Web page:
Organic certification is and has been for some time, a concern for health conscious consumers wanting to purchase a higher quality ‘natural’ product as well as wanting to do their part for the environment. A question that often arises is that of Ethiopian organic coffee. It is true that organic certification is something of a rarity in Ethiopia compared with other coffee producing countries, but this does not mean it is not organic or natural coffee by definition.

Animals like donkeys are very common means of transportation in Ethiopia.

First we must understand that the coffee farming system in Ethiopia differs to many other countries with the vast majority of farmers being smallholders with 1 – 3 Hectares of land instead of sprawling irrigated estates. The coffee is then bought by a washing station and it is mixed up with the coffee of other farmers in the area before processing.

This presents two main problems. Firstly, no average individual farmer is going to be organically certified – least of all because of the time it would take and cost to them, but because even if they are certified, they will get no premium from the local washing station where their coffee is lost in tons of uncertified coffees. Some washing stations and cooperatives however do get organic certification and work with the local member farmers so that they are also certified as a whole.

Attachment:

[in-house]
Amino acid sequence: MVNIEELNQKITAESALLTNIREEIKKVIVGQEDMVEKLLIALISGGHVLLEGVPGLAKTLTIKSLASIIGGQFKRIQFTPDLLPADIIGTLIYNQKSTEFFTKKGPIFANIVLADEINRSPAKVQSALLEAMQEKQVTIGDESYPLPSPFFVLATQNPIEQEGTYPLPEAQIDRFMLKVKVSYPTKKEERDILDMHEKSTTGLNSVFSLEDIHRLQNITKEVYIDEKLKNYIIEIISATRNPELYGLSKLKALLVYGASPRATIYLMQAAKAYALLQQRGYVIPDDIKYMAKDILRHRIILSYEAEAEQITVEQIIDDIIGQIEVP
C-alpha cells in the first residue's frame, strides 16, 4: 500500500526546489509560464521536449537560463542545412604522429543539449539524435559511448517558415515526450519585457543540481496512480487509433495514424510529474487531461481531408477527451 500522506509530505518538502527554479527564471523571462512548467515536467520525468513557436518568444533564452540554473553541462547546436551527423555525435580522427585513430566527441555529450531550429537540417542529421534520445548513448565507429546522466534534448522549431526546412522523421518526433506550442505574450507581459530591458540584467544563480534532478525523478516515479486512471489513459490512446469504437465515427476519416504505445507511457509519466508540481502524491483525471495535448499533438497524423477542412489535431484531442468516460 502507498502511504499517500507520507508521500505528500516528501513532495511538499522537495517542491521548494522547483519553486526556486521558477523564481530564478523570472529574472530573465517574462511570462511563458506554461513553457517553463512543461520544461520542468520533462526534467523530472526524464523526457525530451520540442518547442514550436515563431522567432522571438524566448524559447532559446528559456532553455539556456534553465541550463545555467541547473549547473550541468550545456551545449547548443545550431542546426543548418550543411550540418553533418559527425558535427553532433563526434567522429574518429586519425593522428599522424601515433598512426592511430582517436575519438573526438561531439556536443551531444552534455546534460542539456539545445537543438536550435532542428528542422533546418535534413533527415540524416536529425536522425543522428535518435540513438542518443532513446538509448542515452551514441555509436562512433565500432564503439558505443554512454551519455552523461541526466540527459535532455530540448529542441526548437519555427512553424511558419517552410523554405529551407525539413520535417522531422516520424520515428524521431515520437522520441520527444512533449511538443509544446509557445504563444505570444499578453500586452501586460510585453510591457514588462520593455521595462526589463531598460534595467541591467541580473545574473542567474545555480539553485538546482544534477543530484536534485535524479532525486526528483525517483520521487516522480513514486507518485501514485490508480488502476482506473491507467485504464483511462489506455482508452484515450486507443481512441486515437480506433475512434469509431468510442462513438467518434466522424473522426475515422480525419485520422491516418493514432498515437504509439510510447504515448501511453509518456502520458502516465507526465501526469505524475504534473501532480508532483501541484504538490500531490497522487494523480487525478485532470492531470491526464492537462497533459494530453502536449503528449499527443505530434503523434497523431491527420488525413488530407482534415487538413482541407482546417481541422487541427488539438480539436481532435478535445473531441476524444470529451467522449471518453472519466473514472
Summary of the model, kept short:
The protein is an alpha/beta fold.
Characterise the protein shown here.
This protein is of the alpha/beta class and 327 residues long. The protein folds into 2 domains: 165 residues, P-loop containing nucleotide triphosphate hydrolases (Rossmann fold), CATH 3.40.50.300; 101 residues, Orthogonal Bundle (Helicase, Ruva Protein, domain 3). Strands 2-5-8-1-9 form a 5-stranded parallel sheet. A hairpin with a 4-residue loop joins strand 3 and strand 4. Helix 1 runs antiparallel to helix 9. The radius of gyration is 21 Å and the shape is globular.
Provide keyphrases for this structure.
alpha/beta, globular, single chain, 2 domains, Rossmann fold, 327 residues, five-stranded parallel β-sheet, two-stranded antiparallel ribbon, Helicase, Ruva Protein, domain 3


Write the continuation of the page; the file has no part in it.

Statistics of farmers and their growing areas of Biftu Gudina Coop, Ethiopia.

This does not however mean that Ethiopian coffees are not almost always organic by nature. Because of the size of most farms it will cost farmers more than it is worth to purchase fertilizers. Instead, many washing stations produce an organic fertilizer from the discarded coffee pulp (you can read our article on that here) – this is then distributed locally. Coffee in Ethiopia has historically been wild and left to grow without being pruned and this is still the case on most smallholder farms. It is the size of the farms and the difficulty of traceability in Ethiopia that halts organic certification.

Interestingly, Organic certification as a health issue (not wanting to eat vegetables and fruits covered in poisonous fertilizer and pesticides) is not overly relevant for coffee as the fruit is stripped off the coffee (at the very beginning of honey and washed processes) before it is then roasted and then brewed! Food for thought.

Drying beds at Bale Mountain Farm.